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Question on powder coating
Posted by: cepak ()
Date: November 27, 2017 05:28PM

Can you paint over powder coating and will the paint stick or will it peal?


Tom Cepak
DFW, TX

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Re: Question on powder coating
Posted by: vairmech ()
Date: November 28, 2017 04:09AM

Since powder coat is a plastic of sorts I would think that the plasti-coat paint would work with a thorough cleaning and maybe a light scotch brite pad.

Ken Hand
Handy Car Care
248 613 8586

Vairmech@aol.com

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Re: Question on powder coating
Posted by: vacorvairlover ()
Date: November 28, 2017 09:45AM

Good Afternoon,

Powder coat is still paint, if you wish you want to paint over it you would need to prep it just like anything else. you can use a self etching primer first or sand it lightly then prime and paint. Note trying to sand a good powder coating may be a little more difficult than your normal paint.

John Garrison
Roanoke VA.
1964 corvair spyder convertable
1965 Corvair Monza 110 auto coupe soon to be my daily driver
2014 Ram 1500 5.7L Hemi
2018 Re-designed Jeep Compass Trailhawk

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Re: Question on powder coating
Posted by: BobV66Vair ()
Date: November 28, 2017 09:50AM

Second that. I recently powder coated the tins for my engine and one came back flawed. I had to have it sand blasted to get the coating off. I first tried it in my HF bead blaster with iron oxide (hard stuff) and it didn't make a dent.

Bob Vinnacombe
Sandy, Oregon
1965 Corsa 140 stock
1966 Monza Soon to be race car
1968 Monza Parts for now

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Re: Question on powder coating
Posted by: vairmech ()
Date: November 29, 2017 03:55AM

This is probably more than you wanted to know! While you spray it like a paint it is more like a plastic than conventional paint.

TYPES OF POWDER COAT

There are two different types of powder coat - thermoplastic and thermoset. Thermoplastic powders melt and flow when heat is applied but they continue to have the same chemical composition once they cool and solidify.
They are generally applied to a surface that has been preheated to a temperature significantly higher than the melting point of the powder. As a thermoplastic powder material is applied to the hot surface it will melt and "fusion bond" to the surface and then "flow out" into a strong, continuous film. As the film cools it develops its physical properties. Nylon powder coating materials are the most commonly used thermoplastic powders.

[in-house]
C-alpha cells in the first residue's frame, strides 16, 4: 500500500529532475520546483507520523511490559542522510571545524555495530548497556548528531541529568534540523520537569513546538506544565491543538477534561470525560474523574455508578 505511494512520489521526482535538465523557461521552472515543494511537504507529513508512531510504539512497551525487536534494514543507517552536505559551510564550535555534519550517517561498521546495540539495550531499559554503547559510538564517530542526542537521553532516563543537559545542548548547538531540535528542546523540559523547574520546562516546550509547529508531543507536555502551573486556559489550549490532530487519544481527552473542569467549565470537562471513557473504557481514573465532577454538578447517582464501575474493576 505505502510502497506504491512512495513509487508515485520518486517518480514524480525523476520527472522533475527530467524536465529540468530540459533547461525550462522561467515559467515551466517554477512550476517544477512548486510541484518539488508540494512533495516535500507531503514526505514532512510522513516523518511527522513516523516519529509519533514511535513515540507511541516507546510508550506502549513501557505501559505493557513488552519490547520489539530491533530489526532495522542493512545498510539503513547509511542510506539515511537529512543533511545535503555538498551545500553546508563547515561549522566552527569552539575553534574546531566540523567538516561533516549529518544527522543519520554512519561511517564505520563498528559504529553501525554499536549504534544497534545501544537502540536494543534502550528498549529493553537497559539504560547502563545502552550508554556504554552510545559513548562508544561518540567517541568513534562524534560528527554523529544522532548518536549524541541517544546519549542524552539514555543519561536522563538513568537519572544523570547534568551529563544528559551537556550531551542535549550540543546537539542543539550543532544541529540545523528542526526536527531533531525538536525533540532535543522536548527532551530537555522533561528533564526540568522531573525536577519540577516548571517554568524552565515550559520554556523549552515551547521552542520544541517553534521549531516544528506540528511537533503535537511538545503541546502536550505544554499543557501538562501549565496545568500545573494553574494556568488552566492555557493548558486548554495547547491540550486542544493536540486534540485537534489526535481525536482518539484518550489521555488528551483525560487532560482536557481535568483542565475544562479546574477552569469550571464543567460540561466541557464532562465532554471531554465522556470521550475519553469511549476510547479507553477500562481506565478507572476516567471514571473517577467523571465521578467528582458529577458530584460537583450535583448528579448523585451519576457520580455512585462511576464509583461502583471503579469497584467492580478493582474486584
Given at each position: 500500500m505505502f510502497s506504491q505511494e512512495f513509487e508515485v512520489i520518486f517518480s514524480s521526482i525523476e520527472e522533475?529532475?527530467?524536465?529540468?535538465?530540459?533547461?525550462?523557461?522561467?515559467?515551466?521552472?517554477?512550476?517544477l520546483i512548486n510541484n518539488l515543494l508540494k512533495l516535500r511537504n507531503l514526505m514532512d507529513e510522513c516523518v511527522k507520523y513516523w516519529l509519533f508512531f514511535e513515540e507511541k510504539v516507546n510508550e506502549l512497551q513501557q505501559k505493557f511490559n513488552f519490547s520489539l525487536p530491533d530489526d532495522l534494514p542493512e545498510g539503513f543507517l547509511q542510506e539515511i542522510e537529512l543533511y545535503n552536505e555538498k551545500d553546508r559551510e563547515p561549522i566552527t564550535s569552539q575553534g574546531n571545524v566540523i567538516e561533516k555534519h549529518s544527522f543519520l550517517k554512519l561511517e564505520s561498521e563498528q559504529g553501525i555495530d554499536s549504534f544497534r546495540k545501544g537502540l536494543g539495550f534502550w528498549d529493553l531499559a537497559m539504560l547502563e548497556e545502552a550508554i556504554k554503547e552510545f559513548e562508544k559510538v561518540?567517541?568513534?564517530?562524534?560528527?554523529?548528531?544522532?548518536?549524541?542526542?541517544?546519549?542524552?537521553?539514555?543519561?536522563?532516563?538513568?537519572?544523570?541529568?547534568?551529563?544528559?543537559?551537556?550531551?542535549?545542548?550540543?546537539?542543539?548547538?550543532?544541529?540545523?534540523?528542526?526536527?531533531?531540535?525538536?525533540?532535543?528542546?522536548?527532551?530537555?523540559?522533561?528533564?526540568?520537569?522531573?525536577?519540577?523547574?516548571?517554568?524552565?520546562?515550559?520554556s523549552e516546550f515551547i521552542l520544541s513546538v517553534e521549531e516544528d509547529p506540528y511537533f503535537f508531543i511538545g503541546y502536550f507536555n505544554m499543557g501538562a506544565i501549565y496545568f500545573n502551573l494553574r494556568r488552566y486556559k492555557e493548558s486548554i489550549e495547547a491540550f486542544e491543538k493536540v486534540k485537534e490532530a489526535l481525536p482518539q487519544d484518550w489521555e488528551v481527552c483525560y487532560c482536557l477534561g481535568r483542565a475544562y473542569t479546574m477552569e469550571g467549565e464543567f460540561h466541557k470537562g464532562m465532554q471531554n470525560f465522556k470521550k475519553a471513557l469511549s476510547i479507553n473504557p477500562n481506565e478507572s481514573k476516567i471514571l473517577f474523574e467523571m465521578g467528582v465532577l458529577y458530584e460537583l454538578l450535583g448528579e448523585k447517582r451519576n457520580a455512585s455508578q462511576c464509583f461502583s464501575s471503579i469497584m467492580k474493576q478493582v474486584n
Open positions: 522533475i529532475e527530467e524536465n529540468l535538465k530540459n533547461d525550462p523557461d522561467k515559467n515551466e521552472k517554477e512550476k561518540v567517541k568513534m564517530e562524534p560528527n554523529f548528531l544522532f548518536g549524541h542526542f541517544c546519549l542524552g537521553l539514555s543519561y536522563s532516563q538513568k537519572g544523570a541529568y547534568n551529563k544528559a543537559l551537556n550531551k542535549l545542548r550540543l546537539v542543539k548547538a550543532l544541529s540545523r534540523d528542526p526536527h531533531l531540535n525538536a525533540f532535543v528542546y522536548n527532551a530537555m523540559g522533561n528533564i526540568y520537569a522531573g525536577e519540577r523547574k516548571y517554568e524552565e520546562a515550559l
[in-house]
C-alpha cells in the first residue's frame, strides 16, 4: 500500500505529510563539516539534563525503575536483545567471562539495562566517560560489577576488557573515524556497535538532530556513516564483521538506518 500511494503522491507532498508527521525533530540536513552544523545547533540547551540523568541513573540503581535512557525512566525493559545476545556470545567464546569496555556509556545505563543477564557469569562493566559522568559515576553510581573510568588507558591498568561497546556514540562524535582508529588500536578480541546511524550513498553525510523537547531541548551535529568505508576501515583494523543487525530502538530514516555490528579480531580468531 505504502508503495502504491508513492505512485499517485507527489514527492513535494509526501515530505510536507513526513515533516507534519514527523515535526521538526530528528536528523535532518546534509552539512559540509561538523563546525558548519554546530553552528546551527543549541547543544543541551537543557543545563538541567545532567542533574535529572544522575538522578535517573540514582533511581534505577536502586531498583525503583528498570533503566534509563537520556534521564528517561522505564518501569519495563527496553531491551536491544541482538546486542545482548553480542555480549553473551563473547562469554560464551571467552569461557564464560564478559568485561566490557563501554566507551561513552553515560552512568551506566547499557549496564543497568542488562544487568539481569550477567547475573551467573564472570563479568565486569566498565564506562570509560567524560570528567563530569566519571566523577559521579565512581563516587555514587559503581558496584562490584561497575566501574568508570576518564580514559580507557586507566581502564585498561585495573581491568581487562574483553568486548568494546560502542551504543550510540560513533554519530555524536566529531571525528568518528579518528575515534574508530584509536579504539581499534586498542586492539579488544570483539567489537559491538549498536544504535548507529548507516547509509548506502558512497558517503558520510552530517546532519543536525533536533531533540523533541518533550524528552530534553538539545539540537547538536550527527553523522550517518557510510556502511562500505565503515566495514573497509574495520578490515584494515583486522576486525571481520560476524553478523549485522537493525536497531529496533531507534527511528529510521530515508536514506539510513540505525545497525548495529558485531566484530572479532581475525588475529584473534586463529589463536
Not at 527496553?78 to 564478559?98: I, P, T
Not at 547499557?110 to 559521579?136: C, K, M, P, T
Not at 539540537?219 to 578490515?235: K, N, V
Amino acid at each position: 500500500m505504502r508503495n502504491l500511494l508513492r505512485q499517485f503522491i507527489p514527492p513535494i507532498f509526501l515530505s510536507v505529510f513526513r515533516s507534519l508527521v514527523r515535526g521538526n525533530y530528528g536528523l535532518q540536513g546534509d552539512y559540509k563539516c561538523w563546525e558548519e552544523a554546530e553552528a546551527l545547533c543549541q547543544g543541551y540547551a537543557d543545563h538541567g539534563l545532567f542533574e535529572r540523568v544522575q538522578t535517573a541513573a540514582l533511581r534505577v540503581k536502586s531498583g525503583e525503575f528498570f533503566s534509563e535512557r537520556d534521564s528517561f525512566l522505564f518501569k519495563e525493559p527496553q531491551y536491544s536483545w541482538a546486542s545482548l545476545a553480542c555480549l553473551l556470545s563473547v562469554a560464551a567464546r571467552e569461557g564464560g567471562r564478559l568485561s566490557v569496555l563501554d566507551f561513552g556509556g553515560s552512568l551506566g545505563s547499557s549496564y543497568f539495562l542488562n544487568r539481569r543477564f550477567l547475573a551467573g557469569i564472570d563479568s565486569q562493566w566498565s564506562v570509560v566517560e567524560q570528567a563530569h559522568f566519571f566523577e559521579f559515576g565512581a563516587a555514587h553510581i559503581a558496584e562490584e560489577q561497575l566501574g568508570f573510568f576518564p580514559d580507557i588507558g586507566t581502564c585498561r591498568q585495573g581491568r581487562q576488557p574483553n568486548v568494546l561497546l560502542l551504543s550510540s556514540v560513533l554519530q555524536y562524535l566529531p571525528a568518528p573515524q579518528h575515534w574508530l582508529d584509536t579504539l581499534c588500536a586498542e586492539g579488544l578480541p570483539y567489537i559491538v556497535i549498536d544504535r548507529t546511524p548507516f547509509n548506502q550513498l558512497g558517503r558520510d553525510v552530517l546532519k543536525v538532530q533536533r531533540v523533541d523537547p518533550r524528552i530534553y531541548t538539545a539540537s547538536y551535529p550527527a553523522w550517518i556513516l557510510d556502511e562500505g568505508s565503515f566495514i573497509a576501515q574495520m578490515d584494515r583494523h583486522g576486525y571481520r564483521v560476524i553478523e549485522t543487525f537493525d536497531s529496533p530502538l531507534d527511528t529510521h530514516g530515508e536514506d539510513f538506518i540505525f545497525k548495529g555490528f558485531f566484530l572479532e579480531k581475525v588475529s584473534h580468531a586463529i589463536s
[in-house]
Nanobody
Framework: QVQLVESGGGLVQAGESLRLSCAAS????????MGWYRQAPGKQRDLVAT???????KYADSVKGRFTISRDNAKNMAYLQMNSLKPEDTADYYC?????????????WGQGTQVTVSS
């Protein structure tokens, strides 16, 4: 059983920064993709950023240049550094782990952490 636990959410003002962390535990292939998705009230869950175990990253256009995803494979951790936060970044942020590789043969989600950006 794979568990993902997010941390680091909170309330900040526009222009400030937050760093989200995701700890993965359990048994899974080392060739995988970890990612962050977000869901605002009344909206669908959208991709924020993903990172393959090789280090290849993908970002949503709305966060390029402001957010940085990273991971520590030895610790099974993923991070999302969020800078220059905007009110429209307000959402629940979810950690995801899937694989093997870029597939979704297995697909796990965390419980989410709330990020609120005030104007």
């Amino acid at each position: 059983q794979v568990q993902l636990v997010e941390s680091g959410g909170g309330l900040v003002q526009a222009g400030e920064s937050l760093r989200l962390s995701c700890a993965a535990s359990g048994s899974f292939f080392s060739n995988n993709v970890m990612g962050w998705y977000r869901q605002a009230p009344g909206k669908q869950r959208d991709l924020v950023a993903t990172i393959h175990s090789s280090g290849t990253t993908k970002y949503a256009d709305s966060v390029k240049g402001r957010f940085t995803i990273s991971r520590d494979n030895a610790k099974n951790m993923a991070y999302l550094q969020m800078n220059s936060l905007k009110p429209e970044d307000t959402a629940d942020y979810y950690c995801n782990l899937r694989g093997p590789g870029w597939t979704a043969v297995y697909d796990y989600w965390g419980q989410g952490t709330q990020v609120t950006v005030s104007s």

Thermoset powder coatings also melt when exposed to heat, but they then chemically cross-link within themselves or with other reactive components. The cured coating then has a different chemical structure than the basic resin. Thermosetting coatings are heat-stable and, unlike thermoplastic powders, will not soften back to liquid phase when re-heated.
Thermosetting powders are derived from four generic types of resins: epoxy, acrylic, polyester and fluoropolymer. From these resin types, several coating systems are derived. Resins used in thermosetting powders can be ground into fine particles necessary for spray application and a thin film finish. Most of the technological advancements in recent years have been with thermosetting powders.
Thermosetting Powder Coatings
EPOXY resin is a hard, impact resistant interior only formulation. For the most part, epoxy coatings are used as functional coatings for substrate protection where corrosion resistance, impact resistance, and adhesion are essential. The primary limitation of epoxy-based coatings is poor weatherability. Typical applications include industrial equipments, automotive underbody components, metal furniture and appliances.